Know your Sushi

Sushi is the most popular Japanese dish outside of Japan prepared using vinegared rice (shari) combined with other ingredients such as raw seafood (neta), vegetables, and tropical fruits.

For the Indian palate, sushi might be acquired taste which grows over a period of time. A common misconception is that sushi is only made of raw seafood, however there are some vegetarian options as well.

For health conscious folks, sushi is a nutritional meal considering the fresh ingredients which are low on fat and high on proteins, vitamins and minerals. The seafood ingredients are great source of omega-3 fatty acids which are crucial for healthy heart functioning. Well don’t be surprised why Japanese people have one of the longest life expectancy of any people in the world.

Sushi is often served with pickled ginger (Gari), wasabi and soy sauce (Shoyu). Wasabi has antimicrobial properties which may reduce the risk of food poisoning and pickled ginger is eaten in between sushi courses to cleanse the palate and aid in digestion and not as an additional topping. You can also use the ginger to brush your sushi with soy sauce using your chopsticks. In Japan green tea (known as Agari in sushi vocabulary) is served together with sushi.

Sushi is a popular part of a Bento Box meal (single-portion takeout or home-packed meal common in Japanese cuisine very similar to our very own tiffin). 

Let’s take a look at the popular types of sushi which will make ordering easy next time you visit a Japanese restaurant.


Maki:

Makizushi basically means "rolled sushi’. The sushi ingredients are rolled in rice, seaweed or a vegetable using a bamboo mat called a makisu and then cut up into bite-size pieces. 

The main types of Makizushi are:

Hosomaki: Thin rolls with usually only one filling. Popular choices include tuna, cucumber, carrot, and avocado.



Chumaki: Medium rolls which are stuffed with two or more fillings

Futomaki: Thick rolls which are stuffed with two or more fillings

Temaki: Hand rolled into a large cone with ingredients spilling out of the wide end.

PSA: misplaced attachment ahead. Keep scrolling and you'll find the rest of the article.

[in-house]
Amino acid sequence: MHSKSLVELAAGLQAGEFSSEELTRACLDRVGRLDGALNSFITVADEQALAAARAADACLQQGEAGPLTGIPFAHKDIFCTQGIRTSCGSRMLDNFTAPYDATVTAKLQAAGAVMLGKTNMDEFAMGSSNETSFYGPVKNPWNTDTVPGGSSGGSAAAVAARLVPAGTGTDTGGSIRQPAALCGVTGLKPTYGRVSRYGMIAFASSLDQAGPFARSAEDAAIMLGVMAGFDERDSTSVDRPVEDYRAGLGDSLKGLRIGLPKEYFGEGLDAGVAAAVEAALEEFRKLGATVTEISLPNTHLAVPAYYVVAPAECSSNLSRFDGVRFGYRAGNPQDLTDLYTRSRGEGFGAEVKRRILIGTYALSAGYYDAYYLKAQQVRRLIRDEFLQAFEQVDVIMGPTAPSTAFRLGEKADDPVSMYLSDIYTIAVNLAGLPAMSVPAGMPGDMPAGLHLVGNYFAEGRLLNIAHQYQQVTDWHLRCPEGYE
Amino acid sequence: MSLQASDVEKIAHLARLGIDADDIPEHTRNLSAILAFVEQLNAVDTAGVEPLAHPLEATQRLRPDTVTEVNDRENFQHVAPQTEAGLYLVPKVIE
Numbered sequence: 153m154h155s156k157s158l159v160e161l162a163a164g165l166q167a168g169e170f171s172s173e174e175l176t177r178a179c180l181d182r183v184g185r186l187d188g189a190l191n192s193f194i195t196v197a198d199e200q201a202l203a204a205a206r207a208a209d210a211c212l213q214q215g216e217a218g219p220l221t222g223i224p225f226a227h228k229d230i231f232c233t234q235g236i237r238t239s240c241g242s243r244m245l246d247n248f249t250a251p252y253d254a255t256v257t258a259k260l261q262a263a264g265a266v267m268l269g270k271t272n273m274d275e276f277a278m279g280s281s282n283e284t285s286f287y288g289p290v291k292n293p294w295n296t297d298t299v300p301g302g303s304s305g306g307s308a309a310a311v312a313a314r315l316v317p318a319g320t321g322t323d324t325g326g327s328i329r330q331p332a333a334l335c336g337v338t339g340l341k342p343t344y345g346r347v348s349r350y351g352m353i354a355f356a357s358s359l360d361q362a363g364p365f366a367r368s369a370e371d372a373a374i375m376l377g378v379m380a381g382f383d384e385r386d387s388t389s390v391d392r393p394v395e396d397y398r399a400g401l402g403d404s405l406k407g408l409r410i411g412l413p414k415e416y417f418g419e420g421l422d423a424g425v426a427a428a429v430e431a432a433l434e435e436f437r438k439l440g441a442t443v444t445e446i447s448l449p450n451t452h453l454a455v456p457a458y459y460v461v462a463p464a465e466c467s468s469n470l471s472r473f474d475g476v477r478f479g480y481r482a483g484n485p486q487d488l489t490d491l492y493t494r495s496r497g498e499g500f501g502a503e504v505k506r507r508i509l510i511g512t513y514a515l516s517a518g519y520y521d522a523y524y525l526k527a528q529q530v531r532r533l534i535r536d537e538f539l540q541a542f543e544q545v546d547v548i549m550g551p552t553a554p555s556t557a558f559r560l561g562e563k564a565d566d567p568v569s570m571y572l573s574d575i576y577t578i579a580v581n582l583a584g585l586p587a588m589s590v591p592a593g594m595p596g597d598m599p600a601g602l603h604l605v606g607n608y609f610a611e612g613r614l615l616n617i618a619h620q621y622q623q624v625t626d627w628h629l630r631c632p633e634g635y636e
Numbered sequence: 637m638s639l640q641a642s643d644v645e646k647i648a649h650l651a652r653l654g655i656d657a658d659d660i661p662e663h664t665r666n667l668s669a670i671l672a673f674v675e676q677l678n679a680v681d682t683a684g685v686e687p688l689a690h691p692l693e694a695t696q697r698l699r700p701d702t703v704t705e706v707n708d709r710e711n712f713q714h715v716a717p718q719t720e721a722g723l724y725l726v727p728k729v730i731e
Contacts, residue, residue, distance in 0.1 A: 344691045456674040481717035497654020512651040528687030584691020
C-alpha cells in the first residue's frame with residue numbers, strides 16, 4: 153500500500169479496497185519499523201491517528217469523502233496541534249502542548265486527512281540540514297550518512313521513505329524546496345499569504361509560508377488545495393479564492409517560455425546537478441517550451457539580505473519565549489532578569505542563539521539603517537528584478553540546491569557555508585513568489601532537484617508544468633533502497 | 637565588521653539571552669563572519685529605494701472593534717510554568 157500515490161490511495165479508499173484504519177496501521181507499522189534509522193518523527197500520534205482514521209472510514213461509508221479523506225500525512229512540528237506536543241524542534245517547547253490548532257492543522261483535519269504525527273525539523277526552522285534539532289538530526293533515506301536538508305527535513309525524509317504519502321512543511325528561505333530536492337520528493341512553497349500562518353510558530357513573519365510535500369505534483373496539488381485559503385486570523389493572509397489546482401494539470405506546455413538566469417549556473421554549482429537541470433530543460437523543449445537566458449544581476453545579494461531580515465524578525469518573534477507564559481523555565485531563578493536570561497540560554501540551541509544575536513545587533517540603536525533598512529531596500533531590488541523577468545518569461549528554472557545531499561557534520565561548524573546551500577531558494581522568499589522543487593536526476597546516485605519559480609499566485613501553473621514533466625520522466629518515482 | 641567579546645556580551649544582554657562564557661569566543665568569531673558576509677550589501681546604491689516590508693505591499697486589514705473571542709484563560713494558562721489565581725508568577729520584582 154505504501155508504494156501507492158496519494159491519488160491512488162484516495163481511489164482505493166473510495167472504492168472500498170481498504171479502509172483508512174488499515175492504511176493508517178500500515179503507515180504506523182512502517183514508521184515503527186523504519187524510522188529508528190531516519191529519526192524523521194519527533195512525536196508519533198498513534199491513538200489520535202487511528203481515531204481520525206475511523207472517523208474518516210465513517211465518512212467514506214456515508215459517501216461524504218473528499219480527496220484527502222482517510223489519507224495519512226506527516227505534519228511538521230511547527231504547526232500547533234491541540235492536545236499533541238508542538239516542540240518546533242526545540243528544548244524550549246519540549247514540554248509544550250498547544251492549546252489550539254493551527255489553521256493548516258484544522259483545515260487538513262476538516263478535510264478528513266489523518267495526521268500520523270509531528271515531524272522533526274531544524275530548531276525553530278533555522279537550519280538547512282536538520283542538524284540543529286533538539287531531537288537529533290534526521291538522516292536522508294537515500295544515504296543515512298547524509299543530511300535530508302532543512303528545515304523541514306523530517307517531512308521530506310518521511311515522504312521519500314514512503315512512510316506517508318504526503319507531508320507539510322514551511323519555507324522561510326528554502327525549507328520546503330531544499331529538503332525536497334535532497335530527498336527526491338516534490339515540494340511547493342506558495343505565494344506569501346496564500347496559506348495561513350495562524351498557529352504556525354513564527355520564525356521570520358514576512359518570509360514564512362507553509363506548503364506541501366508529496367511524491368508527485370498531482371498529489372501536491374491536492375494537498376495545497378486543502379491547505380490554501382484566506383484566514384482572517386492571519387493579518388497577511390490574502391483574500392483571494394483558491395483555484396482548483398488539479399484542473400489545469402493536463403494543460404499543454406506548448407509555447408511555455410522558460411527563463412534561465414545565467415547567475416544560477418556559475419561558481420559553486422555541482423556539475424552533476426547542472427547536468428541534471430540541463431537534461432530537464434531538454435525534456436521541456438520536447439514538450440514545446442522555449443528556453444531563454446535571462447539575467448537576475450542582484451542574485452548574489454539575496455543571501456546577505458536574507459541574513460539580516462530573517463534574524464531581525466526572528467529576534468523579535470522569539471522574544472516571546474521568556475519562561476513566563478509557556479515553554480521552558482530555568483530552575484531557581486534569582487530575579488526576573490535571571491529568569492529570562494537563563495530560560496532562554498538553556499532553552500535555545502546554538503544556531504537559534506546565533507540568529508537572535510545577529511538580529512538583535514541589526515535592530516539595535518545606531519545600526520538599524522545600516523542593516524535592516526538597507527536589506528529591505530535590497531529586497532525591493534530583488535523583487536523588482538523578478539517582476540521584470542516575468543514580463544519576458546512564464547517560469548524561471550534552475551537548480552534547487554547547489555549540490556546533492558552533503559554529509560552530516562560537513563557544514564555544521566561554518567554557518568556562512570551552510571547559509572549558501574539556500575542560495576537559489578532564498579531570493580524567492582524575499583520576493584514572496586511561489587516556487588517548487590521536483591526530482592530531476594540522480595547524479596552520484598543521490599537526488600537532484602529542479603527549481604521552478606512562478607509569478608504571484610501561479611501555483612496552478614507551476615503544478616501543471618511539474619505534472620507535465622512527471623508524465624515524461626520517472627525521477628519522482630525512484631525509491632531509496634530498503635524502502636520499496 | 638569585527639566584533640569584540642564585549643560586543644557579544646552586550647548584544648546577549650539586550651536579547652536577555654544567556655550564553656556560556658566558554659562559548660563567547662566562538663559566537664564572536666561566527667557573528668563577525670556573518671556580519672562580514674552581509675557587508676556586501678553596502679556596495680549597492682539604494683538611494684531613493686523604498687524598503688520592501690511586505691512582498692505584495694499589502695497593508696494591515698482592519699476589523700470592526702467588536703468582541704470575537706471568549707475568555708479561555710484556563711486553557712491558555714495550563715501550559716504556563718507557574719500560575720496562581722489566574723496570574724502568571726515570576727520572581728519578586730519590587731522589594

Uramaki: Inside-out roll which has the rice on the outside and the seaweed on the inside. This is also known as the California roll and has an interesting story to its origin at the Tokyo Kaikan restaurant in Little Tokyo - Los Angeles. Since most Americans disliked the texture of the seaweed, the chef turned the roll inside out thus putting the rice on the outside and seaweed inside which then worked well with the American customers.



Ehomaki: Lucky direction roll which are filled with exactly 7 ingredients as this is considered lucky. Common ingredients used in ehomaki are shitake mushrooms, eel, kanpyo and egg.

On a menu the commonly found Maki rolls include:

•    California Roll
•    Avocado Roll
•    Vegetable Roll
•    Eel Roll
•    Shrimp tempura roll
•    Cucumber Roll
•    Tuna Roll

Nigiri:

The word Nigiri means squeezed or grasped.  The rice is hand-pressed and molded into a shape and then seafood is placed on top. Most chefs add wasabi between the rice and the seafood and so there is no additional sauce is required. However depending on your palate you might still prefer to dip the seafood side in soy sauce. Popular toppings on nigiri include octopus, eel, squid and sweet egg.



Tip:
  • People assume that sushi should be eaten with chopsticks but it is actually recommended to eat maki rolls and nigiri (also known as hand sushi) with fingers.
  • Never mix wasabi into soy sauce, unless you’re eating sashimi.

Sashimi:

If your idea of sushi was raw fish then sashimi is what you have been always been thinking about. Sashimi which means pierced body consists of slices of fish served raw and typically over a garnish. Sometimes regular steamed, boiled or sushi rice is served on the side. Popular sashimi-style sushi fish include salmon and tuna.



Tip: 

It’s proper to eat sashimi with chopsticks.

Chirashi:


Chirashi (means scattered sushi) is very similar to sashimi. Here slices of raw fish (sometimes raw vegetables and garnishes) are placed over a bowl of vinegared sushi rice.

“Creative Commons Chirashi Don” by Joy Zeng is licensed under CC BY 2.0

With these popular types of sushi you are all set to be seated and order at a Sushi Bar and you can always get recommendations from the sushi chef.  Once you become a bit adventurous you can ask for “omasake” which means to “trust the chef” and gives the chef permission to make you anything he likes – like a Carte Blanche.

Tip:
  • Be sure to check your allergies before consuming seafood sushi.
  • Before experimenting with fugu (the blowfish that’s poisonous if it’s cut the wrong way), be sure to check if the chef has a license to serve it.

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